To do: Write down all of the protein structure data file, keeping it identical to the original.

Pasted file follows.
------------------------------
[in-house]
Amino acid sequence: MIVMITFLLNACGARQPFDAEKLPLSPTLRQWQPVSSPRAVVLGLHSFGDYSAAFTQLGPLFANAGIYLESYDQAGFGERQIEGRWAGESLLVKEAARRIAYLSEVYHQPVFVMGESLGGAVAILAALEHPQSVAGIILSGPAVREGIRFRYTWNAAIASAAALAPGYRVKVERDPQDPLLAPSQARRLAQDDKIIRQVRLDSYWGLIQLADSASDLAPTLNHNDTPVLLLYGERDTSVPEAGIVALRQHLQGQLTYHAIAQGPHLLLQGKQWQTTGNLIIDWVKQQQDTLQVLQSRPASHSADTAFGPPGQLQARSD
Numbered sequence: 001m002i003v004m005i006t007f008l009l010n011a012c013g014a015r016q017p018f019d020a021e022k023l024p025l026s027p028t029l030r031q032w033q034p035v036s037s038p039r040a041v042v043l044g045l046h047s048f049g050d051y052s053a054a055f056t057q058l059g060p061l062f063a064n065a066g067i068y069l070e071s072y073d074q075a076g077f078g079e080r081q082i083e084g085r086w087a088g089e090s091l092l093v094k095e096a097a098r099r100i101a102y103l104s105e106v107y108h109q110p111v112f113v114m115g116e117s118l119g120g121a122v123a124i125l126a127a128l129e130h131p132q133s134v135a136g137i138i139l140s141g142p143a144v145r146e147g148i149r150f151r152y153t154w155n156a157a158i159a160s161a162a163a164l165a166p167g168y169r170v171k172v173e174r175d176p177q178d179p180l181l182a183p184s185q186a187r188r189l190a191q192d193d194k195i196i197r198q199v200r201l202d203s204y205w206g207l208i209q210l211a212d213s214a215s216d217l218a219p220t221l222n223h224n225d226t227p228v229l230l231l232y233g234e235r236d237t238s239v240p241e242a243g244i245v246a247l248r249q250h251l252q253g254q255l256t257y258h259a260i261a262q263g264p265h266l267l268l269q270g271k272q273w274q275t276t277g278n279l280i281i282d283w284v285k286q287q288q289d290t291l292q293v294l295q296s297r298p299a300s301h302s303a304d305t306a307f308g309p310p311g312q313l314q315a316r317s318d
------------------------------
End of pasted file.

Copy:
[in-house]
Amino acid sequence: MIVMITFLLNACGARQPFDAEKLPLSPTLRQWQPVSSPRAVVLGLHSFGDYSAAFTQLGPLFANAGIYLESYDQAGFGERQIEGRWAGESLLVKEAARRIAYLSEVYHQPVFVMGESLGGAVAILAALEHPQSVAGIILSGPAVREGIRFRYTWNAAIASAAALAPGYRVKVERDPQDPLLAPSQARRLAQDDKIIRQVRLDSYWGLIQLADSASDLAPTLNHNDTPVLLLYGERDTSVPEAGIVALRQHLQGQLTYHAIAQGPHLLLQGKQWQTTGNLIIDWVKQQQDTLQVLQSRPASHSADTAFGPPGQLQARSD
Numbered sequence: 001m002i003v004m005i006t007f008l009l010n011a012c013g014a015r016q017p018f019d020a021e022k023l024p025l026s027p028t029l030r031q032w033q034p035v036s037s038p039r040a041v042v043l044g045l046h047s048f049g050d051y052s053a054a055f056t057q058l059g060p061l062f063a064n065a066g067i068y069l070e071s072y073d074q075a076g077f078g079e080r081q082i083e084g085r086w087a088g089e090s091l092l093v094k095e096a097a098r099r100i101a102y103l104s105e106v107y108h109q110p111v112f113v114m115g116e117s118l119g120g121a122v123a124i125l126a127a128l129e130h131p132q133s134v135a136g137i138i139l140s141g142p143a144v145r146e147g148i149r150f151r152y153t154w155n156a157a158i159a160s161a162a163a164l165a166p167g168y169r170v171k172v173e174r175d176p177q178d179p180l181l182a183p184s185q186a187r188r189l190a191q192d193d194k195i196i197r198q199v200r201l202d203s204y205w206g207l208i209q210l211a212d213s214a215s216d217l218a219p220t221l222n223h224n225d226t227p228v229l230l231l232y233g234e235r236d237t238s239v240p241e242a243g244i245v246a247l248r249q250h251l252q253g254q255l256t257y258h259a260i261a262q263g264p265h266l267l268l269q270g271k272q273w274q275t276t277g278n279l280i281i282d283w284v285k286q287q288q289d290t291l292q293v294l295q296s297r298p299a300s301h302s303a304d305t306a307f308g309p310p311g312q313l314q315a316r317s318d